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Advice for Christmas visits when your loved one has dementia

Dementia advice

Christmas, the most wonderful time of the year

A precious time to be with family and friends, however for people living with dementia, little and often could be the way to happiness according to a Care UK expert.

Suzanne Mumford, a dementia expert at Care UK, says high expectations and an over-whelming sense of duty can end up making the whole family sad and stressed at Christmas.

She says: “People feel they have to visit their relative, whether in their home or in their care home, for the whole of Christmas Day. Alternatively, they may bring their loved one to their own home, away from a care home environment where they feel safe and comfortable." 

Its also important to remember that the pandemic has had a dramatic effect on care home visiting and homes may still have restricted visiting based on local infection rates and the outbreak status of the home, making it more important to plan visits and outings. Find out more about our response to coronavirus.


I would urge people to think whether taking their loved one from their care home is always the right thing to do.

Suzanne MumfordCare UK's dementia expert

“Christmas is a stressful time: people with dementia are ‘hard wired’ to their own, and the emotions of others particularly those closest to them, this can make them increasingly agitated. They may also become bored and distracted, or simply overwhelmed in a noisy busy setting.”

Suzanne’s tips to prepare for the festive season:

  1. Preparation: Before Christmas drop in to your relative for short and purposeful activities. For example, help them to write their Christmas cards or take a pen and paper and talk to them about who they need to buy presents for, and what they might like to buy.
  2. Christmas shopping: Arrange a date to take them shopping. Try to organise a time when shops are likely to be quieter and where there are a variety of gifts so that the trip can be limited. Garden centres are often good for this as they often have cafés and easy access facilities. Don’t expect to get everything done, it’s about the experience rather than the outcome. Online shopping can also be a useful way of shopping together.
  3. Sending Christmas cards: Why not help them sign their cards and take a walk to the post box together. These simple things help people feel engaged with Christmas. It gives them a sense of achievement and it sets the scene for the coming weeks, reminding them of who everyone is and their connection to each of them. Dementia can play tricks with people’s time frames, so it also helps them to count down to the big day.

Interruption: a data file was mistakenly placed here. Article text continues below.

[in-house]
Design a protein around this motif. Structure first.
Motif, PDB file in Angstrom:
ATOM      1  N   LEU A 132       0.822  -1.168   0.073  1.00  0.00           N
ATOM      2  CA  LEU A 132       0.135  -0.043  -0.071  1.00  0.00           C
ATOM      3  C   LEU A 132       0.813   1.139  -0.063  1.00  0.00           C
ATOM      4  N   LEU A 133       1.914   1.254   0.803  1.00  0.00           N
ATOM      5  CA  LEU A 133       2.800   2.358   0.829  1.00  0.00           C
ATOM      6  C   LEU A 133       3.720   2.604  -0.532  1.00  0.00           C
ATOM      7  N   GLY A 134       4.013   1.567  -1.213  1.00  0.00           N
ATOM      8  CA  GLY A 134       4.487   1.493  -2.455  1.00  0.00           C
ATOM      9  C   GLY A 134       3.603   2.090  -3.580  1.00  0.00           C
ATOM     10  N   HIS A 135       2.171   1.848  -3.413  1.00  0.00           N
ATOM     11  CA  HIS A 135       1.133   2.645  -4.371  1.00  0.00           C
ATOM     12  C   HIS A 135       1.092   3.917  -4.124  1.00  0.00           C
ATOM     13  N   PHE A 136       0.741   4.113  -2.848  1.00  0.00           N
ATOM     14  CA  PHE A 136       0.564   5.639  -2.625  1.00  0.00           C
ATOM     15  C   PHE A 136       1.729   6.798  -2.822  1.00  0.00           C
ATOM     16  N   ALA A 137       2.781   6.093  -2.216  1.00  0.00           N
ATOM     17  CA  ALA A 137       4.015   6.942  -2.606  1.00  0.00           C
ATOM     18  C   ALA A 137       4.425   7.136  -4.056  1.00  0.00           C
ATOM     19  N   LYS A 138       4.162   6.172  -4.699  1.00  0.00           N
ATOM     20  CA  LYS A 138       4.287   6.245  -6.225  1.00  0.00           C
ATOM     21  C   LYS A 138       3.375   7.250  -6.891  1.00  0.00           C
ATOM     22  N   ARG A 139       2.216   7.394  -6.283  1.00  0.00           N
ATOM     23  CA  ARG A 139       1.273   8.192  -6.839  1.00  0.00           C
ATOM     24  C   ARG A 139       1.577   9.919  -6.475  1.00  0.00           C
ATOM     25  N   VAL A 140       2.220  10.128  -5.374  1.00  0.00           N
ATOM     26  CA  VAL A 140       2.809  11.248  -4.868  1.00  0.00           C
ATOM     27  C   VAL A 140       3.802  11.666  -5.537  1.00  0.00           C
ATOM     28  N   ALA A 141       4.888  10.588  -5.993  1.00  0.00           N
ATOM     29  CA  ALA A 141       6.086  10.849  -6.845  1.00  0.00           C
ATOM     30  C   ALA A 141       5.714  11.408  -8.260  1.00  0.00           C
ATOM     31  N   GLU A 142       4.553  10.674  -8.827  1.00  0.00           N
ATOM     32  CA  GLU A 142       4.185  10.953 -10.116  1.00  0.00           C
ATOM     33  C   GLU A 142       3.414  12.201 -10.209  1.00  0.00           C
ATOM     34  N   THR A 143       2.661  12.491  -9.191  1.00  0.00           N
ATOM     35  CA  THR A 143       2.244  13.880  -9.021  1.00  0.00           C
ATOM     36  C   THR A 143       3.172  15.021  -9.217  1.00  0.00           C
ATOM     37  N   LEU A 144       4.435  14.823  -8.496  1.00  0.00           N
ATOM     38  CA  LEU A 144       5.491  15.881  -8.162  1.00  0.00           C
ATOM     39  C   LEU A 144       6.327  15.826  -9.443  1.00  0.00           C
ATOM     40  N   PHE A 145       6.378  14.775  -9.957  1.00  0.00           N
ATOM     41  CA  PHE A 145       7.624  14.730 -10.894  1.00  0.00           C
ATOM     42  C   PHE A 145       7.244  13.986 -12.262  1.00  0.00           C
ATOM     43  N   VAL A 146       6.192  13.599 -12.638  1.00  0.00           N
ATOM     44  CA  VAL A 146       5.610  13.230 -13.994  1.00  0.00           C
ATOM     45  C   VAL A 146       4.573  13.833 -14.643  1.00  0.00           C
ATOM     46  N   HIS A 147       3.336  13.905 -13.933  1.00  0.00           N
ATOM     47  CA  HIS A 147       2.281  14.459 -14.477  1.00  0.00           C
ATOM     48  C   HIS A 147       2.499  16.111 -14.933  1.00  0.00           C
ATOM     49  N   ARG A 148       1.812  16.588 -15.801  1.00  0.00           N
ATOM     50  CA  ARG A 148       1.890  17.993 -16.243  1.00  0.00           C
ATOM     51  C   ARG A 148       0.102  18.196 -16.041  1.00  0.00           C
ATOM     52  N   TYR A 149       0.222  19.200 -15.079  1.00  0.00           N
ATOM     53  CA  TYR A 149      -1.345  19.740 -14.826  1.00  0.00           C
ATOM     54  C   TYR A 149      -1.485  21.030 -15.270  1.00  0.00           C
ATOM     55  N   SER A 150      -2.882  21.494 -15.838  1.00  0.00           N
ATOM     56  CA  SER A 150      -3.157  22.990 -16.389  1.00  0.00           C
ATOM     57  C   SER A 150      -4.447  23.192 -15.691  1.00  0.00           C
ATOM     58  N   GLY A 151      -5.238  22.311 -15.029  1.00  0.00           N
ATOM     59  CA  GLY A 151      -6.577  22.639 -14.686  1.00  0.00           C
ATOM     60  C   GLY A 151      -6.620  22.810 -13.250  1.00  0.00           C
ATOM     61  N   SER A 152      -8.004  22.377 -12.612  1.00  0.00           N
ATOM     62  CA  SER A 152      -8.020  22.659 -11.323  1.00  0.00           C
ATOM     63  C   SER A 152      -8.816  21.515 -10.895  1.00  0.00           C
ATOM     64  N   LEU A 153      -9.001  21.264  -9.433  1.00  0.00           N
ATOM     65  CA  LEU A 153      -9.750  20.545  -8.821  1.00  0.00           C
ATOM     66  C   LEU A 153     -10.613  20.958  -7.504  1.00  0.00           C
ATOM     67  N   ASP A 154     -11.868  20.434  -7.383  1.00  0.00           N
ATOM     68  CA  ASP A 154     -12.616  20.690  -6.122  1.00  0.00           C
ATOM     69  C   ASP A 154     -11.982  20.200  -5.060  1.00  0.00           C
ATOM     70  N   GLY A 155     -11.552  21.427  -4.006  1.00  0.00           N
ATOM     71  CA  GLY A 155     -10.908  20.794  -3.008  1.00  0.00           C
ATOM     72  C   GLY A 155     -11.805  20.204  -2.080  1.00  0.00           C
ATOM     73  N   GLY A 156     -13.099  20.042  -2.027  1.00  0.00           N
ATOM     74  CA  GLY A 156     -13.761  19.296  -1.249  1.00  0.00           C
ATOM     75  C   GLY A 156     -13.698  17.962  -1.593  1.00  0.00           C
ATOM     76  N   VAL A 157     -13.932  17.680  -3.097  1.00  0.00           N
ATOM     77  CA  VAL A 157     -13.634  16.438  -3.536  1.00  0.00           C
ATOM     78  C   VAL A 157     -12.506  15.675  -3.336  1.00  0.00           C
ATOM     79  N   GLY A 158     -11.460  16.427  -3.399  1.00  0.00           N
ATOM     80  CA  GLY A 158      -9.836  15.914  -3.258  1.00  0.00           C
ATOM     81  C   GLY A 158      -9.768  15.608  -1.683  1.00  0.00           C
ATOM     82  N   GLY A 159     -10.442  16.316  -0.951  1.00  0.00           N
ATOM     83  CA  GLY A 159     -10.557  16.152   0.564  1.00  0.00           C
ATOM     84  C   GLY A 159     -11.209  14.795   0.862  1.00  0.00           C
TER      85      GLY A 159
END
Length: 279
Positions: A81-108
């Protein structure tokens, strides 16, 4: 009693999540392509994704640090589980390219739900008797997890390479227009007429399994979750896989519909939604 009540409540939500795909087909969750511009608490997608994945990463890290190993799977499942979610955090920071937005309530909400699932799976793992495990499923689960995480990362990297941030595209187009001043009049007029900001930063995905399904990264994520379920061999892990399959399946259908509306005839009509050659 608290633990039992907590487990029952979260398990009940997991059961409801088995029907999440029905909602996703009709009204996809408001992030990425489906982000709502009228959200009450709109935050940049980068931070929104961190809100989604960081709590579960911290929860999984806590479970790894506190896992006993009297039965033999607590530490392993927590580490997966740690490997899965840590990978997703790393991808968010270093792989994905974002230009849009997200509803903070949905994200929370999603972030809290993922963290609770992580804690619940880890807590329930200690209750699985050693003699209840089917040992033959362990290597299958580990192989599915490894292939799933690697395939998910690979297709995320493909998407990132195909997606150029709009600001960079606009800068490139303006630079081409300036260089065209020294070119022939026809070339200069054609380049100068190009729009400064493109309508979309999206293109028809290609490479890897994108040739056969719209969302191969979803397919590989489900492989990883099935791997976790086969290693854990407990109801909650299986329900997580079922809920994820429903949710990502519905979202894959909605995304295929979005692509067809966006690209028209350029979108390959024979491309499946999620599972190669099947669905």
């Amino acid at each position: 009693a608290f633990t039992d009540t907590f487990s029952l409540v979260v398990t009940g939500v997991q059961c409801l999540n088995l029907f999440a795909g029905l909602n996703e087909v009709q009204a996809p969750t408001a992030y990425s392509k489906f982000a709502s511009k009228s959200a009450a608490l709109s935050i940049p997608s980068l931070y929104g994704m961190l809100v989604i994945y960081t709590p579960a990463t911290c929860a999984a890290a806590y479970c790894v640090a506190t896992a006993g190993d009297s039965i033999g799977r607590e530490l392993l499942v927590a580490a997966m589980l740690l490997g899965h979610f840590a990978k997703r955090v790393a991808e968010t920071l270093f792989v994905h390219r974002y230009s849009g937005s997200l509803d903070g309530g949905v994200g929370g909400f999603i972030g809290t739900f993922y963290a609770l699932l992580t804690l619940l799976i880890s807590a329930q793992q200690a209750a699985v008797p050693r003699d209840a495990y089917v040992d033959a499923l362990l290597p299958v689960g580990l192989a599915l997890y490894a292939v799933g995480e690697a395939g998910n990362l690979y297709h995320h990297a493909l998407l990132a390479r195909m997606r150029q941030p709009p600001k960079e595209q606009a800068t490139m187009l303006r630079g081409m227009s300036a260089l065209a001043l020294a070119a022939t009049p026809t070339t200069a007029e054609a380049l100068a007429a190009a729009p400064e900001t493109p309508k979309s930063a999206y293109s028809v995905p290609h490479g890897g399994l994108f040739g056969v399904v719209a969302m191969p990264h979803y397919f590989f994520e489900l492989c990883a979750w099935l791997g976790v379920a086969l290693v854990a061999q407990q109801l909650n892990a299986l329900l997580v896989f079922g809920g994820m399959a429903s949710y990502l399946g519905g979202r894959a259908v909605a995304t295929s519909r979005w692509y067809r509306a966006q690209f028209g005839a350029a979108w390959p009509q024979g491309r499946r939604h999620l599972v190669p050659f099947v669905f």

The big day

Suzanne advises that people manage their expectations and guilt on Christmas Day. She said: “I would urge people to think whether taking their loved one from their care home is always the right thing to do. That’s not to say don’t, but to recognise that Christmas at home can often be noisy and stressful, shorter visits often work well, remembering that what is good for one person is not necessarily good for another, everyone is uniquely different”.

Care UK care homes have lots of planned activities, especially over the festive season. Your loved one will feel safe in a familiar environment with their friends. If they feel tired or not so well there are experts on hand to help them get some quiet time in their room whenever they fancy.

Contrast that with being in a family home they may not know anymore with lots of noise, movement, and excited children. They may struggle to hear the conversations or understand what is being said, depending on where they are in their dementia journey, and how often they see their relatives. Sadly there is also an increased risk of contracting COVID when in a multigenerational group.


They can become tired, confused, and frustrated and what was meant to be the ‘perfect visit’ becomes an uphill struggle for all.

Instead, Suzanne suggests that, on the big day, you visit your loved one for a visit to chat, exchange presents, and talk about the day ahead. She then suggests following-up with a phone call, so that your loved one knows that they are very much in your thoughts, and they can share news from the day.

If you aren’t sure whether your loved one would prefer to visit your home or stay at their care home, try to talk to them, and their care team about what the best option would be.

Read more expert advice for celebrating the festive season with a loved one with dementia 


There are endless activities that you can try with your loved one, and our free As easy as ABC guide is complete with 100 ideas for maintaining hobbies and interests as a loved one ages.

For someone living with dementia, Christmas can be a time for reminiscing. Recreate activities and traditions they took part in throughout their life, play traditional games, or try creating your own Christmas decorations like garlands or tinsel.

Spark a conversation by gifting your loved one something nostalgic, such as a traditional game, a favourite album or film, or a framed photo from their childhood.

Our Let’s talk about dementia guide is packed with expert advice, real-life scenarios and 21 things that every family carer should know.

Explore advice for understanding and interacting with someone living with dementia with our guide, Let’s talk about dementia, and you can help your loved one to live a happier and more fulfilling life.

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